]);

    return new JsonResponse($json, $statusCode, [], true);
    }

    Above was my first solution, after that I have realized that I do not need to pass objects, and I modified my query to return only arrays.

  • 2018-10-07 weaverryan

    Hey @Krzysztof!

    Ah... tricky! I’m sure we can debug this :). My guess is that you *did* solve the circular reference problem and the second error is something else. And, your last comment seems to support this: you said it’s serializing the entire object graph, not just Line and System. That *is* the default behavior of the serializer - to serializer all properties. Are there some properties that you do not want to serializer? And if so, are you using serialization Groups to limit the fields that you want to serializer?

    I definitely think that just “too much” is being serialized... and probably more than you want/need is being serialized.

    Let me know about the above questions :).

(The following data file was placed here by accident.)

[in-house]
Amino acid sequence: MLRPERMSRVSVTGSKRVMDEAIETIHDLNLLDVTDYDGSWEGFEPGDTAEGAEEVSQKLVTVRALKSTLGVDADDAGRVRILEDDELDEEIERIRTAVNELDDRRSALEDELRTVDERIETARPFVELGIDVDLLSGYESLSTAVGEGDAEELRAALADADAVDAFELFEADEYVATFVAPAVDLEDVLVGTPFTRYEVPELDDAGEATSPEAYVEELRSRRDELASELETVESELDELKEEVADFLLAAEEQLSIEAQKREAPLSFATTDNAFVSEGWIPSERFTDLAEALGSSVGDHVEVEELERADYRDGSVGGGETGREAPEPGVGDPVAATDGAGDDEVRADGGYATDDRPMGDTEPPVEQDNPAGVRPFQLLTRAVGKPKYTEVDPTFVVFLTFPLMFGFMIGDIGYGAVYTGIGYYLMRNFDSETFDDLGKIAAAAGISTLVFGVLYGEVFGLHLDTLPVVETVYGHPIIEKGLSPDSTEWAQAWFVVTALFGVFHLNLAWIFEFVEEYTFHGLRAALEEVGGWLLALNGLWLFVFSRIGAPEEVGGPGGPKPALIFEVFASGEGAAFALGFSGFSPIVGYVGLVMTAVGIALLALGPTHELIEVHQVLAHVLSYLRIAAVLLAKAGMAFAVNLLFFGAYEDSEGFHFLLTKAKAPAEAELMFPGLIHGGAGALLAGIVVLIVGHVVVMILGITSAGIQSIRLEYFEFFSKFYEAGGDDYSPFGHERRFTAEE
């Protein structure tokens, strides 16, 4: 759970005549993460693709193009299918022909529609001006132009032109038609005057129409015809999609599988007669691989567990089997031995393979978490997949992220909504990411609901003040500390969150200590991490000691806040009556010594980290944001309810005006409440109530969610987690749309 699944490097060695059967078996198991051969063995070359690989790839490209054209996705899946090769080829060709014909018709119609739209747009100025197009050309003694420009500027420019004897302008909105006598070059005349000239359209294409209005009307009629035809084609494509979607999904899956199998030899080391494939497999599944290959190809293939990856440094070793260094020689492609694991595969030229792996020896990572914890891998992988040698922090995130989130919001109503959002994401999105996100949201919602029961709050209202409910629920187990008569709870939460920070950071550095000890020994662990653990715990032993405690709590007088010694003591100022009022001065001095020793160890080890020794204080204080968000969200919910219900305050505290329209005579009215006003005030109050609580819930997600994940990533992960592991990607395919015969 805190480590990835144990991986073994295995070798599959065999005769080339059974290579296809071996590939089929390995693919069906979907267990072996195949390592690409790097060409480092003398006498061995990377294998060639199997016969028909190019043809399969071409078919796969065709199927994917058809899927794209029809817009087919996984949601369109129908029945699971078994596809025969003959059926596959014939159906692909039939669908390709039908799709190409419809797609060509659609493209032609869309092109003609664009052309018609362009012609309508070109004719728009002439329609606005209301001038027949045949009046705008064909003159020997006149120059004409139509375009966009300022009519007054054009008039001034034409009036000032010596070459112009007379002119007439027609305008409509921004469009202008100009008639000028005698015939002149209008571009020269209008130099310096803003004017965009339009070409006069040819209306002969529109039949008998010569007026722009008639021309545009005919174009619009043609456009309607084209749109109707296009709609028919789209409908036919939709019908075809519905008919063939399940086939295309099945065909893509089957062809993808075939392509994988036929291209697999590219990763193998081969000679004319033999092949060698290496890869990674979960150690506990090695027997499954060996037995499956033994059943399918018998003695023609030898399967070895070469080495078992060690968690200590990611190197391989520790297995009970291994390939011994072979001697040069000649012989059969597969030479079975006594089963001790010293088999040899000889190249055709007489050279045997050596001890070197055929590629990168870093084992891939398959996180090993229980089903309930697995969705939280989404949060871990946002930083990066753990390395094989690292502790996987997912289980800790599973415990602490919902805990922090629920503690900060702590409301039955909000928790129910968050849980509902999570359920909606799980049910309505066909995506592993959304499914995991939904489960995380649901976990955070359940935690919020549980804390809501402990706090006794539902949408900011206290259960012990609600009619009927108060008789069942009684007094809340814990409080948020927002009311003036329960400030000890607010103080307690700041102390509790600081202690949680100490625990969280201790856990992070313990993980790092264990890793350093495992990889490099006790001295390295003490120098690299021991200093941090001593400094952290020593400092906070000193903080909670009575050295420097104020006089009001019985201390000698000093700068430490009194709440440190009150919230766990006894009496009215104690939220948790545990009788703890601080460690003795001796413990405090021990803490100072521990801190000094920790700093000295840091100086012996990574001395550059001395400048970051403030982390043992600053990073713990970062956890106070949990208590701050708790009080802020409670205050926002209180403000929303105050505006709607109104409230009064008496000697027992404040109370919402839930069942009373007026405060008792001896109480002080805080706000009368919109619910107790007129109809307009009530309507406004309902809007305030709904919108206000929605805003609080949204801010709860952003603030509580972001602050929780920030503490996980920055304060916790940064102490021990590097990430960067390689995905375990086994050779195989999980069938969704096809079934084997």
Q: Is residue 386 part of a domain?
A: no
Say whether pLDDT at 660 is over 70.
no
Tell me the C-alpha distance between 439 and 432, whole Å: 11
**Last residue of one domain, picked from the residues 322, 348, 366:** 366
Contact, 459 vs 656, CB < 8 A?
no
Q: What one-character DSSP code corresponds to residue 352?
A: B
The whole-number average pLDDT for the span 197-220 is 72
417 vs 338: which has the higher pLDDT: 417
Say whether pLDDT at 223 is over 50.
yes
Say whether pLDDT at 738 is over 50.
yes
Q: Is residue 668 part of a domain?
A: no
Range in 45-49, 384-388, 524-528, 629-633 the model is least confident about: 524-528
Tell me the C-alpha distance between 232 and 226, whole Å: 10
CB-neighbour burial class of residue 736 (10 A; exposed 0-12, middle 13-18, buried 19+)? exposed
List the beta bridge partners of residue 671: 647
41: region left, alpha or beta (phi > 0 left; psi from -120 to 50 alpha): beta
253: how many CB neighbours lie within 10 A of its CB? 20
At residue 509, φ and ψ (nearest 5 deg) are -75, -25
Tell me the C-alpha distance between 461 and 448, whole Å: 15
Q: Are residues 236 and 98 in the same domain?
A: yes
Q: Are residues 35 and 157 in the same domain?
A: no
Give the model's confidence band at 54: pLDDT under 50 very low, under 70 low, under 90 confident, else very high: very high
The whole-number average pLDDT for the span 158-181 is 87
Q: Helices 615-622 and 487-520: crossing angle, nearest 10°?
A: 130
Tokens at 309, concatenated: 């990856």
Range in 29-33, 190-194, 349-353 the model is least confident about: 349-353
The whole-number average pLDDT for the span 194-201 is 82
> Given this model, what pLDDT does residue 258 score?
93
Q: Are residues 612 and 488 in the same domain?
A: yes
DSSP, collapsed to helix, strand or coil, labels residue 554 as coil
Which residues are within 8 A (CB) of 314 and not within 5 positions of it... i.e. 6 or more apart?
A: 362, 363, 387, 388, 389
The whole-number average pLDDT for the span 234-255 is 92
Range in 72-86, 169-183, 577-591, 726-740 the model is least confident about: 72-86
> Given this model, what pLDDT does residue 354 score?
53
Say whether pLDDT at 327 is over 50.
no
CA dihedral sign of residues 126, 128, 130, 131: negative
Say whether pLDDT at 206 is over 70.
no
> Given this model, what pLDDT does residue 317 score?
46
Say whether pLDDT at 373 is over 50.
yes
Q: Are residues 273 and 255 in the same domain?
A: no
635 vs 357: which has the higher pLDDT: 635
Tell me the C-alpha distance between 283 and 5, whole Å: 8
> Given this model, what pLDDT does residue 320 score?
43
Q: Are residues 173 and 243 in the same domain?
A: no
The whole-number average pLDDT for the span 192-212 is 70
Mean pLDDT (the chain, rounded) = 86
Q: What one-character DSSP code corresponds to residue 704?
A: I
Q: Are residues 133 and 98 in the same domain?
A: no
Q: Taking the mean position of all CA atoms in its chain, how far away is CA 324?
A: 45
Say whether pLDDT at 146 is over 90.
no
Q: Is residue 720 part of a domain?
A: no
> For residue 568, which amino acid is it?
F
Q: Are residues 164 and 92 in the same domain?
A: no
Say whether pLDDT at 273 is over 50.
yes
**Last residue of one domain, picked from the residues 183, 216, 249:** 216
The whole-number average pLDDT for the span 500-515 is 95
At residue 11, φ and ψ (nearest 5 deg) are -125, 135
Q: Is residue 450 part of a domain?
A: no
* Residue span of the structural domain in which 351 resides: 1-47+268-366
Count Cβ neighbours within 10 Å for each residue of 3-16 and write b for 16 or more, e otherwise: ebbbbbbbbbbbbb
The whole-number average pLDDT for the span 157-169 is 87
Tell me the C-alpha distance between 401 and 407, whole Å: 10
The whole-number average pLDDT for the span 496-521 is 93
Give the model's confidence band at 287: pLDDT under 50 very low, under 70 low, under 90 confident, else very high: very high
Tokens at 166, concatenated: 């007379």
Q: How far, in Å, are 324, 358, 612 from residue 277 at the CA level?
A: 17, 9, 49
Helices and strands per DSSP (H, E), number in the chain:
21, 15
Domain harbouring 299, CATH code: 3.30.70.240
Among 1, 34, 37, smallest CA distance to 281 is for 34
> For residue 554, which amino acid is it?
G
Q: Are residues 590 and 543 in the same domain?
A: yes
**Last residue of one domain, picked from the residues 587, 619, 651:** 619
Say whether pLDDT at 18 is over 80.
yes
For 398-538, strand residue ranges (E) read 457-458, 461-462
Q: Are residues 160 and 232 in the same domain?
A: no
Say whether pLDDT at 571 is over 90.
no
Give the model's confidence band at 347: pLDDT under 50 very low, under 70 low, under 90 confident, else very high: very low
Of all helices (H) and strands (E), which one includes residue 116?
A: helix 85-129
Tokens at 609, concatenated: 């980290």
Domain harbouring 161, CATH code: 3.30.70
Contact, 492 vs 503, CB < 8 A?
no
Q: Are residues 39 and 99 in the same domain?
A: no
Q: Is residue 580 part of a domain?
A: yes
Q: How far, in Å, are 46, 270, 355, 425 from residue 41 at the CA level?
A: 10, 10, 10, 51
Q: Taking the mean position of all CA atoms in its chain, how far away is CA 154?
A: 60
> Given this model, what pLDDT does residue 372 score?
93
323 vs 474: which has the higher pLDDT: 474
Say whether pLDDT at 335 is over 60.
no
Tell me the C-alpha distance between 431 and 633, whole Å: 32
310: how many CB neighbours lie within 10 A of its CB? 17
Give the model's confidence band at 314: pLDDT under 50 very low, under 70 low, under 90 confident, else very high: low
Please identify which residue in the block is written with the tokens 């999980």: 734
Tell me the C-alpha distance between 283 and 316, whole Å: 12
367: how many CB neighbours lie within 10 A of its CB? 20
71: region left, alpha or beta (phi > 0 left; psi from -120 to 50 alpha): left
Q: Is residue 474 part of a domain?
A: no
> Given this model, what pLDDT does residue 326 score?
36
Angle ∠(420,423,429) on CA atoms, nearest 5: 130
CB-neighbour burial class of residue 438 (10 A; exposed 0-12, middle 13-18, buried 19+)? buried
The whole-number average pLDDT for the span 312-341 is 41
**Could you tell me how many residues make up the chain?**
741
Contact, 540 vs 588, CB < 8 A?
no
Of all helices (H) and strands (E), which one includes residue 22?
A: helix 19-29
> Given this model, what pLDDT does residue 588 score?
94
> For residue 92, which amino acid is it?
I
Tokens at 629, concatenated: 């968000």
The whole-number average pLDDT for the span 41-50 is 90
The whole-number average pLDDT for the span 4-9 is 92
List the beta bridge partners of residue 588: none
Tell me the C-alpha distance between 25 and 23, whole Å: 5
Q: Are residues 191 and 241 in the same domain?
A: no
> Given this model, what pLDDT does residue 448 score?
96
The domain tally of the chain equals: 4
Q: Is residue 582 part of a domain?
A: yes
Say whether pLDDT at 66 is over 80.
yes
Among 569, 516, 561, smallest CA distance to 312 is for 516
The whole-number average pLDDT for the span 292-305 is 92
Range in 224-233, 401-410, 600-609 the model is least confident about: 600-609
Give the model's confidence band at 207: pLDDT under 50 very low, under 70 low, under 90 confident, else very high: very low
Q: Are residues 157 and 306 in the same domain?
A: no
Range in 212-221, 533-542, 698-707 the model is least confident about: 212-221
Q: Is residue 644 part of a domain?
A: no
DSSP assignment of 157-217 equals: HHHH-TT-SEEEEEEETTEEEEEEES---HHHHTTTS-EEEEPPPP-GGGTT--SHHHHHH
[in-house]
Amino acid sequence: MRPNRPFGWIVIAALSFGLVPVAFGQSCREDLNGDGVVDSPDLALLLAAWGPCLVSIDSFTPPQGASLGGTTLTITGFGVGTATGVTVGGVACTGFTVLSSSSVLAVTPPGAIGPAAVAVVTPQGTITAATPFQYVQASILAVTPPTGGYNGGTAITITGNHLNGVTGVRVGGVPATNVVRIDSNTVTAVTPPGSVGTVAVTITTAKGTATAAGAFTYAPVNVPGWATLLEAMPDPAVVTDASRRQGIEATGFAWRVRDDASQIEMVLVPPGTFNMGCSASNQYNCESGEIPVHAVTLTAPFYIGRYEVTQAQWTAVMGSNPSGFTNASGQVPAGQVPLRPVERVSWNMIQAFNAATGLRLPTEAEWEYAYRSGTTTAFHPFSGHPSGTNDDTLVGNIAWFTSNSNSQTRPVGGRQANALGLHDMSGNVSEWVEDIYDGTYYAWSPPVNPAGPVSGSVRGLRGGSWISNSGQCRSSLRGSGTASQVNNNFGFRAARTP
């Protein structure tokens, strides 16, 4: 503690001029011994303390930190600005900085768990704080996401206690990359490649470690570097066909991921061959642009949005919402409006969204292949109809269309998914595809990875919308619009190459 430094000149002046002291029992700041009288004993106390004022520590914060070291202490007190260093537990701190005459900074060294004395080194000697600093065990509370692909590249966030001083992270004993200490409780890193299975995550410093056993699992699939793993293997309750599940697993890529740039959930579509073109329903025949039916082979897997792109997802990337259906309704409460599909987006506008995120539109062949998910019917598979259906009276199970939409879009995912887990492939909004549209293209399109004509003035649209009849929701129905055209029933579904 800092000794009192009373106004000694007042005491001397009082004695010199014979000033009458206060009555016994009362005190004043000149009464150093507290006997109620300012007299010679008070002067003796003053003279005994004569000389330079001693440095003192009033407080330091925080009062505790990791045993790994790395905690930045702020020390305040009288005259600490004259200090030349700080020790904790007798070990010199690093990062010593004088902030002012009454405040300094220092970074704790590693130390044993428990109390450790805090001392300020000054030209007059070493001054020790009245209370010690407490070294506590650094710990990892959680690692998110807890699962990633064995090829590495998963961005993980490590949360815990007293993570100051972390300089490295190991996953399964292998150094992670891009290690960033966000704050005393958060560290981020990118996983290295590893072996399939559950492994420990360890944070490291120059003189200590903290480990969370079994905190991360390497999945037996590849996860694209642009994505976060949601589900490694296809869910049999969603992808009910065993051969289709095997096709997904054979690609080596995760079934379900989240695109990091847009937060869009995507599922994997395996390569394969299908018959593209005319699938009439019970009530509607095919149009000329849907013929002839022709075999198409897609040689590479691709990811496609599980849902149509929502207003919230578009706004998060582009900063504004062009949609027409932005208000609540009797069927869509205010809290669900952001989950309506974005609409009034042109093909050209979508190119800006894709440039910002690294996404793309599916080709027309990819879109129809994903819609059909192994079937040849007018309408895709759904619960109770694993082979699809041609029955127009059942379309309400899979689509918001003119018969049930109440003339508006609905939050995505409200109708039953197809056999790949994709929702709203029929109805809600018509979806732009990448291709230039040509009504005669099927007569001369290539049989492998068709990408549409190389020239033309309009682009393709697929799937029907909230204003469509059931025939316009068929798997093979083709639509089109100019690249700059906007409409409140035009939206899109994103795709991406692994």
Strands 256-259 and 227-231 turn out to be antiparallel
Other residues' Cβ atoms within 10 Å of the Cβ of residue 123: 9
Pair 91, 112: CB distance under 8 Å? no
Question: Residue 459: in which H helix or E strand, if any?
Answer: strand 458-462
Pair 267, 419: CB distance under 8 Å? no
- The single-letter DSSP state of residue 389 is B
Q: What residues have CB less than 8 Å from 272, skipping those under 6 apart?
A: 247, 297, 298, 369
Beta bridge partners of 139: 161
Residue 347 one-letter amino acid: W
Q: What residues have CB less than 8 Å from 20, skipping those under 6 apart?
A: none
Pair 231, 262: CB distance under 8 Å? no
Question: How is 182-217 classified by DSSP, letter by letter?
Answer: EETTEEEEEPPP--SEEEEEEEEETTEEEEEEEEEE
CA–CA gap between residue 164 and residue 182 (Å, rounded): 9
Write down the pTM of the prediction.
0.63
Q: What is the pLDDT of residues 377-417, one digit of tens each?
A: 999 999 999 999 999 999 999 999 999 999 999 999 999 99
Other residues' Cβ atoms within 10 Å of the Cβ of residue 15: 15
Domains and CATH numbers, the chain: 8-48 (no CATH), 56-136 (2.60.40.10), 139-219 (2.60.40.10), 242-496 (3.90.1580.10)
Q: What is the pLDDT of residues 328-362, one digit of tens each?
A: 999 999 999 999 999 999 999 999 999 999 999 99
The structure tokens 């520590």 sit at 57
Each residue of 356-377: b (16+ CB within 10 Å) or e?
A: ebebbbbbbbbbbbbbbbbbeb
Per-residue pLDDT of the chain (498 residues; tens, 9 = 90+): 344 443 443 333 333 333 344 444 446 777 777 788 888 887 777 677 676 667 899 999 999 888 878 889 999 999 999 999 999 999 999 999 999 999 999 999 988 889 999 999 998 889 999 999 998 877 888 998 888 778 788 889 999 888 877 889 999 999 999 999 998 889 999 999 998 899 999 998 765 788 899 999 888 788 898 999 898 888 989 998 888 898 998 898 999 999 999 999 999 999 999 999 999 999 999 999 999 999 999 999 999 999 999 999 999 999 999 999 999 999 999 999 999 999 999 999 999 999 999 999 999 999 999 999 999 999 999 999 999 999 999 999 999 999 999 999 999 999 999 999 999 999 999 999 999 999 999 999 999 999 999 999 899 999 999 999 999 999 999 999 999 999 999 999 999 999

Cheers!

  • 2018-10-05 Krzysztof Krakowiak

    Hello, I was not sure where to ask, hope this is a good place,

    I have a problem with serializer under Symfony 4.1

    First Error I got was:

    - A circular reference has been detected when serializing the object of class "App\Entity\System" (configured limit: 1)

    I have added a handler, and now I have this error:

    - Maximum function nesting level of '256' reached, aborting!

    I have no idea hot to fix it, I have tried MaxDeph but it didnt work.

    [code]
    $normalizer = new ObjectNormalizer();
    $normalizer->setCircularReferenceLimit(1);
    $normalizer->setCircularReferenceHandler(function($object){
    return (string)$object;
    });
    $serializer = new Serializer([$normalizer], [new JsonEncoder()]);

    $json = $serializer->serialize($data, 'json', [
    'enable_max_depth' => true
    ]);
    [/code]

    I have two entities, System and Line which refers to each other, I do not know how to configure serializer (or normalizer?) so it will not stuck in a infinitive loop, and will go just one level deep (from any relation). So if the line is a root level, then if he will go only to the System and ignore Lines from System.

    I did some more debugging and it is trying to serialize whole object graph, instead just Line and System...